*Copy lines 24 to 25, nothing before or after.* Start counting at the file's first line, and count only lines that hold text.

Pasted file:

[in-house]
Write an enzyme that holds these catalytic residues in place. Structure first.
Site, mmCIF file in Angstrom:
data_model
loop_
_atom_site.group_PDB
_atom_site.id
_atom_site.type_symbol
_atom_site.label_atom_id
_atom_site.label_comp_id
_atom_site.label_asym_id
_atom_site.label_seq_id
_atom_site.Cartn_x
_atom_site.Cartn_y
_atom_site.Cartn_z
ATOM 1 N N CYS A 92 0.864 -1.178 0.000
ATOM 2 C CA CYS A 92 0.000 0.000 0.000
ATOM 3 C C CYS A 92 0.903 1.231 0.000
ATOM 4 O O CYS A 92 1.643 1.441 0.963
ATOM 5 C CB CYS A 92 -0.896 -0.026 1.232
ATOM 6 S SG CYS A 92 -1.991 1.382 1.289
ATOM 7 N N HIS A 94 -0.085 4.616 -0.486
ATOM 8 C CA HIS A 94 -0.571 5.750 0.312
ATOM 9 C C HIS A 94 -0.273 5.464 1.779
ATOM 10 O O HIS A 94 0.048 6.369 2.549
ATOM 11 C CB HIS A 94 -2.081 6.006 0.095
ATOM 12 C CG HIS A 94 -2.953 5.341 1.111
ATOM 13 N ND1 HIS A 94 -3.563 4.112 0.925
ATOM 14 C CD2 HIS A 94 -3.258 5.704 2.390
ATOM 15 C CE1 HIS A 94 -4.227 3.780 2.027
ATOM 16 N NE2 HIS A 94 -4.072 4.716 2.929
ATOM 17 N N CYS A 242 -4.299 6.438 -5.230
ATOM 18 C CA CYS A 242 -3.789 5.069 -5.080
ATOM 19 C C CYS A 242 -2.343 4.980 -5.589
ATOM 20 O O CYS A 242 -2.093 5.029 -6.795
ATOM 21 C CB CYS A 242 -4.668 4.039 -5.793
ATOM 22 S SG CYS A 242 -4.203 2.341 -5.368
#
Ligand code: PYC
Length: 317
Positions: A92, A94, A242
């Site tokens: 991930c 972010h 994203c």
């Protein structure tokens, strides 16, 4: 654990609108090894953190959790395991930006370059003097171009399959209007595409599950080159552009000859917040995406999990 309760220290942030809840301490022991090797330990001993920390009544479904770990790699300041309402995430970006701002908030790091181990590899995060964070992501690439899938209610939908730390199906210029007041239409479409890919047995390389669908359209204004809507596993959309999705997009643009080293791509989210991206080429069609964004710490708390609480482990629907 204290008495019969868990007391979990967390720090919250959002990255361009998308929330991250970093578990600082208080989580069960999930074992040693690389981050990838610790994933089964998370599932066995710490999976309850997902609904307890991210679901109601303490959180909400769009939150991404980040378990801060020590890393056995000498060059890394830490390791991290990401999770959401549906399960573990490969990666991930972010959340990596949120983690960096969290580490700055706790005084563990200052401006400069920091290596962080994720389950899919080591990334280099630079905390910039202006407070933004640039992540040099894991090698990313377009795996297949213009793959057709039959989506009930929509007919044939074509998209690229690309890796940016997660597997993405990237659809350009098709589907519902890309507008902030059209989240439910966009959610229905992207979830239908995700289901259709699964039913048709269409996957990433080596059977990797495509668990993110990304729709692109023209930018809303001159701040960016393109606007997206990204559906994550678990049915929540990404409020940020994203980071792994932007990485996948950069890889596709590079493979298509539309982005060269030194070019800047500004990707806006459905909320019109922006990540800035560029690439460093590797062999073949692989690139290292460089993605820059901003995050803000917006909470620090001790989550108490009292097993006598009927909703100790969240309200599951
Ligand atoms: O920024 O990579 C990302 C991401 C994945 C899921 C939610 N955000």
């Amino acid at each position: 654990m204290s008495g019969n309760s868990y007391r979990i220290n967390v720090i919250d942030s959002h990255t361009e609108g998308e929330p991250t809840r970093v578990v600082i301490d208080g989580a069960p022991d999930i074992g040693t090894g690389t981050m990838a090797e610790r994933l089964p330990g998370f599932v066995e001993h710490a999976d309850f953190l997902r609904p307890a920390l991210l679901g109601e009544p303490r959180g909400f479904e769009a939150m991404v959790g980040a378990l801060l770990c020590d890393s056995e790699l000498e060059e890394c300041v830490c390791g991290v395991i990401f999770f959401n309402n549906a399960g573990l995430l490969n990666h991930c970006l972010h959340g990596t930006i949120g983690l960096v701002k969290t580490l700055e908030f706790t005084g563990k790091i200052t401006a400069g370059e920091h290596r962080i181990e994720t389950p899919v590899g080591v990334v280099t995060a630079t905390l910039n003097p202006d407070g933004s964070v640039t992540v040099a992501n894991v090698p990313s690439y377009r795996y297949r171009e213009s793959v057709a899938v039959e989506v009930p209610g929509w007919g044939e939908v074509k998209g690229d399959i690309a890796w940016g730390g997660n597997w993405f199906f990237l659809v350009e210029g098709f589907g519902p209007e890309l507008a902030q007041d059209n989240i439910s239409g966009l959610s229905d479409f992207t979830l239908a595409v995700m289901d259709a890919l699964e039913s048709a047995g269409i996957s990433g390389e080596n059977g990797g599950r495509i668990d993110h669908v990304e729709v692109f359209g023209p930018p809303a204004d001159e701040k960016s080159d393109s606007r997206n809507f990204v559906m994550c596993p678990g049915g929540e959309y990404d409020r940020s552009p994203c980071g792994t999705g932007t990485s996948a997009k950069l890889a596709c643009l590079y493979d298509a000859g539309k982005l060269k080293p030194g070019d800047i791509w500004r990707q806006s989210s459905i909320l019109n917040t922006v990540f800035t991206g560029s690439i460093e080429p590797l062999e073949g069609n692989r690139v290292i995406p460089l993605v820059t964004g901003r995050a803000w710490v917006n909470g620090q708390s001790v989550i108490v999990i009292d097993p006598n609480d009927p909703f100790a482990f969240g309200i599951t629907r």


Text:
ATOM 9 C C HIS A 94 -0.273 5.464 1.779
ATOM 10 O O HIS A 94 0.048 6.369 2.549